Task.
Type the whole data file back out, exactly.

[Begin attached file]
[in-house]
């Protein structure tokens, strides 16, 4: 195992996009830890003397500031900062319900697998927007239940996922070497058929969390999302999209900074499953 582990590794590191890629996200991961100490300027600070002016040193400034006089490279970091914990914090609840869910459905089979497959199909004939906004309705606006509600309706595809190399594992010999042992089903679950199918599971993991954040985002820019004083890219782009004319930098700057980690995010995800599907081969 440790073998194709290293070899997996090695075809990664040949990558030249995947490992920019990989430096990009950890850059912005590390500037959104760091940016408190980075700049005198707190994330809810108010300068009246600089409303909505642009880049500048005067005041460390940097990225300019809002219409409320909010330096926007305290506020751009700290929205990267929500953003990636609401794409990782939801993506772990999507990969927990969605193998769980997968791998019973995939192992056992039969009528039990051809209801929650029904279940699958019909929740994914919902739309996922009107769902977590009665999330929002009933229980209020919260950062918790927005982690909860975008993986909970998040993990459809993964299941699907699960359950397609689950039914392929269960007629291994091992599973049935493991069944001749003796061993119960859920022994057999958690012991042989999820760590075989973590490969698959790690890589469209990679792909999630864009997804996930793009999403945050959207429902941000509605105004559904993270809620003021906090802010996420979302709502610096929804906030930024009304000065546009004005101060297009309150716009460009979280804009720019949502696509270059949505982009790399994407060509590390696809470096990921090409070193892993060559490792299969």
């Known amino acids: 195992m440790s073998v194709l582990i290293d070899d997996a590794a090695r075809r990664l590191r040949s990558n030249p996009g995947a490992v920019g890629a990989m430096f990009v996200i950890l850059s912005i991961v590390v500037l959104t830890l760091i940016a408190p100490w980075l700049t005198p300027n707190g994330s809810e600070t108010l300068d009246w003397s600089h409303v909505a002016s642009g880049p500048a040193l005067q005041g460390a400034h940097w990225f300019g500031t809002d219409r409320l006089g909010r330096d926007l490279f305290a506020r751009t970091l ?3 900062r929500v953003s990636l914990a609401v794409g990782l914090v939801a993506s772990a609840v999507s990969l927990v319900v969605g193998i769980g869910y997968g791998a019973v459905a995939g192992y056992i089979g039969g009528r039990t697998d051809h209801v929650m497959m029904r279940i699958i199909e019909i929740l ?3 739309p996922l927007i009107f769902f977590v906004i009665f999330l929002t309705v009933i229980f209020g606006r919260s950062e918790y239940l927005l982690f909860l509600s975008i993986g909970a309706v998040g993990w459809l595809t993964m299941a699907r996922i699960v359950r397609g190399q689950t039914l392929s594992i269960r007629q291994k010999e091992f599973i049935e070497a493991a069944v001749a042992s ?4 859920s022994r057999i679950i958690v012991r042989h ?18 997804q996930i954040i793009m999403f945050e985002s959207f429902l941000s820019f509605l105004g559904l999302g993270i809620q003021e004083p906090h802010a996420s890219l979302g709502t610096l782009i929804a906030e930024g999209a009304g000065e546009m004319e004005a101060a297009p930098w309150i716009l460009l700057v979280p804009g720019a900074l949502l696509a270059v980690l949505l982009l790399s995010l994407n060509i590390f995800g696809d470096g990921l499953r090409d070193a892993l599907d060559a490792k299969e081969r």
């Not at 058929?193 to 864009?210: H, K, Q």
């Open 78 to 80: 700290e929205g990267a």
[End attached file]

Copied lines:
[in-house]
């Protein structure tokens, strides 16, 4: 195992996009830890003397500031900062319900697998927007239940996922070497058929969390999302999209900074499953 582990590794590191890629996200991961100490300027600070002016040193400034006089490279970091914990914090609840869910459905089979497959199909004939906004309705606006509600309706595809190399594992010999042992089903679950199918599971993991954040985002820019004083890219782009004319930098700057980690995010995800599907081969 440790073998194709290293070899997996090695075809990664040949990558030249995947490992920019990989430096990009950890850059912005590390500037959104760091940016408190980075700049005198707190994330809810108010300068009246600089409303909505642009880049500048005067005041460390940097990225300019809002219409409320909010330096926007305290506020751009700290929205990267929500953003990636609401794409990782939801993506772990999507990969927990969605193998769980997968791998019973995939192992056992039969009528039990051809209801929650029904279940699958019909929740994914919902739309996922009107769902977590009665999330929002009933229980209020919260950062918790927005982690909860975008993986909970998040993990459809993964299941699907699960359950397609689950039914392929269960007629291994091992599973049935493991069944001749003796061993119960859920022994057999958690012991042989999820760590075989973590490969698959790690890589469209990679792909999630864009997804996930793009999403945050959207429902941000509605105004559904993270809620003021906090802010996420979302709502610096929804906030930024009304000065546009004005101060297009309150716009460009979280804009720019949502696509270059949505982009790399994407060509590390696809470096990921090409070193892993060559490792299969």
């Known amino acids: 195992m440790s073998v194709l582990i290293d070899d997996a590794a090695r075809r990664l590191r040949s990558n030249p996009g995947a490992v920019g890629a990989m430096f990009v996200i950890l850059s912005i991961v590390v500037l959104t830890l760091i940016a408190p100490w980075l700049t005198p300027n707190g994330s809810e600070t108010l300068d009246w003397s600089h409303v909505a002016s642009g880049p500048a040193l005067q005041g460390a400034h940097w990225f300019g500031t809002d219409r409320l006089g909010r330096d926007l490279f305290a506020r751009t970091l ?3 900062r929500v953003s990636l914990a609401v794409g990782l914090v939801a993506s772990a609840v999507s990969l927990v319900v969605g193998i769980g869910y997968g791998a019973v459905a995939g192992y056992i089979g039969g009528r039990t697998d051809h209801v929650m497959m029904r279940i699958i199909e019909i929740l ?3 739309p996922l927007i009107f769902f977590v906004i009665f999330l929002t309705v009933i229980f209020g606006r919260s950062e918790y239940l927005l982690f909860l509600s975008i993986g909970a309706v998040g993990w459809l595809t993964m299941a699907r996922i699960v359950r397609g190399q689950t039914l392929s594992i269960r007629q291994k010999e091992f599973i049935e070497a493991a069944v001749a042992s ?4 859920s022994r057999i679950i958690v012991r042989h ?18 997804q996930i954040i793009m999403f945050e985002s959207f429902l941000s820019f509605l105004g559904l999302g993270i809620q003021e004083p906090h802010a996420s890219l979302g709502t610096l782009i929804a906030e930024g999209a009304g000065e546009m004319e004005a101060a297009p930098w309150i716009l460009l700057v979280p804009g720019a900074l949502l696509a270059v980690l949505l982009l790399s995010l994407n060509i590390f995800g696809d470096g990921l499953r090409d070193a892993l599907d060559a490792k299969e081969r």
């Not at 058929?193 to 864009?210: H, K, Q």
């Open 78 to 80: 700290e929205g990267a």